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Politicking and Emergent MediaUS Presidential Elections of the 1890s$
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Charles Musser

Print publication date: 2016

Print ISBN-13: 9780520292727

Published to California Scholarship Online: May 2017

DOI: 10.1525/california/9780520292727.001.0001

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Cinema, McKinley at Home, and the 1896 Election

Cinema, McKinley at Home, and the 1896 Election

Chapter:
(p.80) Chapter 3 Cinema, McKinley at Home, and the 1896 Election
Source:
Politicking and Emergent Media
Author(s):

Charles Musser

Publisher:
University of California Press
DOI:10.1525/california/9780520292727.003.0004

The 1896 elections, coming after a long period of economic distress, produced a political realignment and mobilized various new media forms for politicking purposes. Many traditionally Democratic newspapers rejected William Jennings Bryan’s Populism and switched their loyalties to Republican candidate William McKinley, giving William Randolph Hearst an opening to become a champion of Democracy. The Republican candidate’s brother, Abner McKinley, invested in the American Mutoscope Company and the Republican National Committee sponsored its official theatrical debut as its biograph projector screened McKinley at Home. The rival Edison Manufacturing Company offered a train scene featuring Bryan. The Republicans embraced technological novelties such as the phonograph, the telephone and the bicycle--implying that innovation would help to solve the economic crisis.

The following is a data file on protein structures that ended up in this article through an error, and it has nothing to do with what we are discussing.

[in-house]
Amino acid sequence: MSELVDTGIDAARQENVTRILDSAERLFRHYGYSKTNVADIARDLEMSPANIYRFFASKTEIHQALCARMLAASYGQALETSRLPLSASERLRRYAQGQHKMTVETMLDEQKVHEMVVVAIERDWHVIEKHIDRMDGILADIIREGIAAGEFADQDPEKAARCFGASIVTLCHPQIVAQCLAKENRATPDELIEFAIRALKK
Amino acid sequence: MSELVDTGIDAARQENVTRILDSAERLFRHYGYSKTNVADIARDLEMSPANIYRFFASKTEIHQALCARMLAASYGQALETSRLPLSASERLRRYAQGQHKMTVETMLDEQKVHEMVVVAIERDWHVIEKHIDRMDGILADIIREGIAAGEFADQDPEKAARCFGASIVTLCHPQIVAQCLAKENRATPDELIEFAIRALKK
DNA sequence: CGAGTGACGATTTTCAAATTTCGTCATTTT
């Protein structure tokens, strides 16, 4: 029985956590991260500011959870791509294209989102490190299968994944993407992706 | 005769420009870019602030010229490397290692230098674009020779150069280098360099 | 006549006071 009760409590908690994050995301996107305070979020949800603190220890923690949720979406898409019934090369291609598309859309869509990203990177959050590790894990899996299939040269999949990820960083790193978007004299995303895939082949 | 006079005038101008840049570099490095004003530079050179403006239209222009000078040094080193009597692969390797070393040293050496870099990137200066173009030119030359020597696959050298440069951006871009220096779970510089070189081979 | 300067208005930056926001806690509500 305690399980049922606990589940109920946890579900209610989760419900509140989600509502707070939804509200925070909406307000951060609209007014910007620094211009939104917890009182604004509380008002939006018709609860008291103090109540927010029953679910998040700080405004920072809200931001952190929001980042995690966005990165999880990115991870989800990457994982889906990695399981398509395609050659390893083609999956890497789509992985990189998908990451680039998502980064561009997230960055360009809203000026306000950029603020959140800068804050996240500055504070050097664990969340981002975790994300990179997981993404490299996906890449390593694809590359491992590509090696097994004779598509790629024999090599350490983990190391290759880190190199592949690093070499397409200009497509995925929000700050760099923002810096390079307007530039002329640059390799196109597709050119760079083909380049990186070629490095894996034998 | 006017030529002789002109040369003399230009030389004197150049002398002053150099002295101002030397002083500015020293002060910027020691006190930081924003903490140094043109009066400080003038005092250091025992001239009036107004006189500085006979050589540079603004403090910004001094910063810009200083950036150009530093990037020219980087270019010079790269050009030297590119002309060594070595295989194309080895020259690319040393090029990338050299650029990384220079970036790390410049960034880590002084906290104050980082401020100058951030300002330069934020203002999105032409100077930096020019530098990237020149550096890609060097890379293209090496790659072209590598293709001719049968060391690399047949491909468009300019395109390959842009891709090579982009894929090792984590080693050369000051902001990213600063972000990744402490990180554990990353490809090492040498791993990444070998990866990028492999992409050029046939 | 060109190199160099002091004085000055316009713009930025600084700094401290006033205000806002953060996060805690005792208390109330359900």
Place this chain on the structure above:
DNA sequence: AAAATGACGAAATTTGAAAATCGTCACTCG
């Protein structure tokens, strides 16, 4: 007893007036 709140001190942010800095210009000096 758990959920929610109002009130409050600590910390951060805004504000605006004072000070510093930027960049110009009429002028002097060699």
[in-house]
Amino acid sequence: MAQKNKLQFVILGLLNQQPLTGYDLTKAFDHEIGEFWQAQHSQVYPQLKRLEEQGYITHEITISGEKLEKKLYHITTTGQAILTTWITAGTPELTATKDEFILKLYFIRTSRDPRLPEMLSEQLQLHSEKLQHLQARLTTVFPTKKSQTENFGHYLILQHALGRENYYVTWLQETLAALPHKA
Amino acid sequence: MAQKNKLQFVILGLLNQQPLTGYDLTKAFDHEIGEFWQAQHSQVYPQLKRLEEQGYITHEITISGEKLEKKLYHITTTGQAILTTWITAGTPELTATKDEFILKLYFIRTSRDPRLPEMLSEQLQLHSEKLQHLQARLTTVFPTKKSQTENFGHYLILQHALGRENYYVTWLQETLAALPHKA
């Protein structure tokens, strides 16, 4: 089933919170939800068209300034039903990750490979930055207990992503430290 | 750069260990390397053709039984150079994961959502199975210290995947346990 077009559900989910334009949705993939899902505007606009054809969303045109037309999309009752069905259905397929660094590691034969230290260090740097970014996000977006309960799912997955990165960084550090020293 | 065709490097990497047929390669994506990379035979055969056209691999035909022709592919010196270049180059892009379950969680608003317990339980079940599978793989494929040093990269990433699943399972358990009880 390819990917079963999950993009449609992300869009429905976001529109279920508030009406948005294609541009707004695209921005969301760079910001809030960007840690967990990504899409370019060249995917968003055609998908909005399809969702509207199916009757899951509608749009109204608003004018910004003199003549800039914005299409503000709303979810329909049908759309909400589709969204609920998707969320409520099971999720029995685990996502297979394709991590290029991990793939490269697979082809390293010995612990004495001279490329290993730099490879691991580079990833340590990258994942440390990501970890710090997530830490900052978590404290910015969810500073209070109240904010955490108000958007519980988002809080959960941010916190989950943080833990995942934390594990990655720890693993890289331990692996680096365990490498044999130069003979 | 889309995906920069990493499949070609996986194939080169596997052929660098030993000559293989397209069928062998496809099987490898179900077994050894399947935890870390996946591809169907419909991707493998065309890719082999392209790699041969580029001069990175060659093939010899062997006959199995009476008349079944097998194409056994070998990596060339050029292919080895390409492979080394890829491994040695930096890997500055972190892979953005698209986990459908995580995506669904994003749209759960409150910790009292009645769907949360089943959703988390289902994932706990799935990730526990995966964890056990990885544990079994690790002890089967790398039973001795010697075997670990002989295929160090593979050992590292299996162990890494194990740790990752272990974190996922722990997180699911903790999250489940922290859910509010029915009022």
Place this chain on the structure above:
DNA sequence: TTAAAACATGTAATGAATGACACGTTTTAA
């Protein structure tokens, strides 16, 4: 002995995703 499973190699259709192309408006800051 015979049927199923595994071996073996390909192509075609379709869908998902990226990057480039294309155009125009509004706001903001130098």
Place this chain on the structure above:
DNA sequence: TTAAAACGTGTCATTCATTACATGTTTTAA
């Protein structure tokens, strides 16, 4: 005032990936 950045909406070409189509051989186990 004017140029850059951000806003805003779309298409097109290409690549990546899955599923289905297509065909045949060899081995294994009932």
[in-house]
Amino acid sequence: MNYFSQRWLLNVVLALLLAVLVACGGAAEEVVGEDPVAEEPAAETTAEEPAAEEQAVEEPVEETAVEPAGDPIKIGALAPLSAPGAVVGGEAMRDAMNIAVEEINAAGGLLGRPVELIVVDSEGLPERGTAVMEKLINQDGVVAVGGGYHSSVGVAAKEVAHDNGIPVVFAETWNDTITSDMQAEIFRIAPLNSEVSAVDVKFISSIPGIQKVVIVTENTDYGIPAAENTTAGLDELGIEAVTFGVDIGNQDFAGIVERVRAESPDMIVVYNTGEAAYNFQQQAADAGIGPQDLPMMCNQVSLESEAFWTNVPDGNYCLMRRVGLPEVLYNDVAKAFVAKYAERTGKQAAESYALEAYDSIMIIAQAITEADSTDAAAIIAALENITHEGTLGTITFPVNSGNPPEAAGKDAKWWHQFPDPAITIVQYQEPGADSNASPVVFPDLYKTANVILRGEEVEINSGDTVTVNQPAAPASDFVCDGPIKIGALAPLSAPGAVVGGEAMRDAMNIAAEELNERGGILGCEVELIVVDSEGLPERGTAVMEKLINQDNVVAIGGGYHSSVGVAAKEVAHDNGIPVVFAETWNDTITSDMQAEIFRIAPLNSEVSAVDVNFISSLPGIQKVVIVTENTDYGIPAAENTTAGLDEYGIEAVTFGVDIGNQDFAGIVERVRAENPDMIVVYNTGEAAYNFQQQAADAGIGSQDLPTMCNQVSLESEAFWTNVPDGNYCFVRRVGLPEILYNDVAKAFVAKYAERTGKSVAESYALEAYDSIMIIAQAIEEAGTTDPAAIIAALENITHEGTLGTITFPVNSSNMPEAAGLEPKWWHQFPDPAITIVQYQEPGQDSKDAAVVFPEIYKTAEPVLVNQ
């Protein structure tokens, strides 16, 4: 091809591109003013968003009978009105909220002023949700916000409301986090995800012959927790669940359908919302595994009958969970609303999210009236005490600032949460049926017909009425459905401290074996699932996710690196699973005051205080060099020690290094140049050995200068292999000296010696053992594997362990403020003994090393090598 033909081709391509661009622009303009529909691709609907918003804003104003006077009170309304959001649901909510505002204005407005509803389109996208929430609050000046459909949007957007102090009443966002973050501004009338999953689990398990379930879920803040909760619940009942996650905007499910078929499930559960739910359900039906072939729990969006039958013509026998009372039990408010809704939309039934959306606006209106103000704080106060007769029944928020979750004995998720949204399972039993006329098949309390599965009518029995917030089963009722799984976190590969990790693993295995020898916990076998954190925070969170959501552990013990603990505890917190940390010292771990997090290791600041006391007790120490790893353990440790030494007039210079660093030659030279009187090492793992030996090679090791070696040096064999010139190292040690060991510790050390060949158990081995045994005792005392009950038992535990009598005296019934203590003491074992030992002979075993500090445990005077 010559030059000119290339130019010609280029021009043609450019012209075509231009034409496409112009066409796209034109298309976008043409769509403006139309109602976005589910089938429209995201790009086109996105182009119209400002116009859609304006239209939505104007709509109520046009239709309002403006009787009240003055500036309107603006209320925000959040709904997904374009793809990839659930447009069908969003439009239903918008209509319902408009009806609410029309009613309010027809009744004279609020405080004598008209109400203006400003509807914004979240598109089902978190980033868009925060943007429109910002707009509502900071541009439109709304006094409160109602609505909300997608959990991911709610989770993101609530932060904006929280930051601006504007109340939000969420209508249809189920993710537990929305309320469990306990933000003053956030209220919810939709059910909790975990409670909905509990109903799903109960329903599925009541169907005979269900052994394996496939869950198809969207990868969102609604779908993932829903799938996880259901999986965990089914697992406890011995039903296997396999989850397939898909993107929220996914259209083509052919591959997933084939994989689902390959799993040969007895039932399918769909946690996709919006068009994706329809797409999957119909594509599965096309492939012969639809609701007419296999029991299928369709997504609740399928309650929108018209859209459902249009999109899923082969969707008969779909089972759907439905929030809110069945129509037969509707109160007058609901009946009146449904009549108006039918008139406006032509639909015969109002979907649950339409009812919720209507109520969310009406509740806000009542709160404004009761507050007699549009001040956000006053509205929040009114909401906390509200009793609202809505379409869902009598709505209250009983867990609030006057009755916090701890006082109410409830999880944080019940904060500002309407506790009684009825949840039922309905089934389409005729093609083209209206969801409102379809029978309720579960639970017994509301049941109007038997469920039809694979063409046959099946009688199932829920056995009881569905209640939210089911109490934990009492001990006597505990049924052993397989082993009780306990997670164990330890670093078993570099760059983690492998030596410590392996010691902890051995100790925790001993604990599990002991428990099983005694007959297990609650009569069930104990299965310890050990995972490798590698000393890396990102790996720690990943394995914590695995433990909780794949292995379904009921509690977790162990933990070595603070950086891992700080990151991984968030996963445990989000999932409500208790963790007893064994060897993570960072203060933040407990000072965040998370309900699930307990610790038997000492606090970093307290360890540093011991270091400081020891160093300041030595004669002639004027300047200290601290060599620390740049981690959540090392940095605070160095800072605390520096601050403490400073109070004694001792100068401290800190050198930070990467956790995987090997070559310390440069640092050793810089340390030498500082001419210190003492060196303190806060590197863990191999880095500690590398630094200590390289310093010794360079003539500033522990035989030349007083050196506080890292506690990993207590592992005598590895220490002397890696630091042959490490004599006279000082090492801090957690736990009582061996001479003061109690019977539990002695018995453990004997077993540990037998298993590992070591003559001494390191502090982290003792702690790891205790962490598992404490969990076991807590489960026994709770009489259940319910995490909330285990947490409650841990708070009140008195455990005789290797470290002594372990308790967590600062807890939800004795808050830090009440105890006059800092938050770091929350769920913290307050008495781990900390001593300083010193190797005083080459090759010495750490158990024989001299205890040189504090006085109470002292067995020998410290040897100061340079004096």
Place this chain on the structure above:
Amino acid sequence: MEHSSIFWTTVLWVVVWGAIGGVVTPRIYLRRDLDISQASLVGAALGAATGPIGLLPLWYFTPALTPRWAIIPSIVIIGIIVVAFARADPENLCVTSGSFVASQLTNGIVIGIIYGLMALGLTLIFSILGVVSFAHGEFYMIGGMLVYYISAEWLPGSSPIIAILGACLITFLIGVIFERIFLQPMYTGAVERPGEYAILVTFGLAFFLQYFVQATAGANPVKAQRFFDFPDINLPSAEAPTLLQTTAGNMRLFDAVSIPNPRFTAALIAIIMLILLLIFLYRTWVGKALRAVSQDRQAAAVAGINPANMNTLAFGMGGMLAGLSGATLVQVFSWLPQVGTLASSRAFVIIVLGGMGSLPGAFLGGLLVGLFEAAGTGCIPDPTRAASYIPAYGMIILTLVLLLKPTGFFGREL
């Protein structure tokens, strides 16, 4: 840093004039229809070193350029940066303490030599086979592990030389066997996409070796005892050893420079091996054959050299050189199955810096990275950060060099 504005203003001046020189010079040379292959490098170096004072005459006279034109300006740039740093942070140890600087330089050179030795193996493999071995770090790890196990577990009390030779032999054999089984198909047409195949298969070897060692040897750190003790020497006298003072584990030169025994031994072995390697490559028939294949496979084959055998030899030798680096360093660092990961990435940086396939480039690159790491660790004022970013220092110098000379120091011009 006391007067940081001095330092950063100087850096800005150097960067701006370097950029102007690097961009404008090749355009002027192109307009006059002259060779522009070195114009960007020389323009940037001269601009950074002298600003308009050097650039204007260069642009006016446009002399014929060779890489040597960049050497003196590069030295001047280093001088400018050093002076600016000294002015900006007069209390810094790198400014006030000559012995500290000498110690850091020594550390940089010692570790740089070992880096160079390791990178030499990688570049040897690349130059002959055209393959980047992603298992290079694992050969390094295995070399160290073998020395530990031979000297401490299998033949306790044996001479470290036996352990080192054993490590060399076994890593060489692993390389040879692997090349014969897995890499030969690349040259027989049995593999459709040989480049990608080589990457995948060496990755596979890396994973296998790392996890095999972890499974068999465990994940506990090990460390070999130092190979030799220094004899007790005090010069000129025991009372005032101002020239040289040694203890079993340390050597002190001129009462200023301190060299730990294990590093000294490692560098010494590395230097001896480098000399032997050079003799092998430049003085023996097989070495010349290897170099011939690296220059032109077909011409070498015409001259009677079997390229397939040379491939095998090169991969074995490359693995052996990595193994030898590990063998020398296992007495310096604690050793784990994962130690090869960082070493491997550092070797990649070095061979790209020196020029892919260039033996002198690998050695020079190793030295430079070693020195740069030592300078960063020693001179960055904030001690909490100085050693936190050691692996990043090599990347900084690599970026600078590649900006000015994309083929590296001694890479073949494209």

Keywords:   American Mutoscope Company, biograph, Abner McKinley, Edison, William Randolph Hearst

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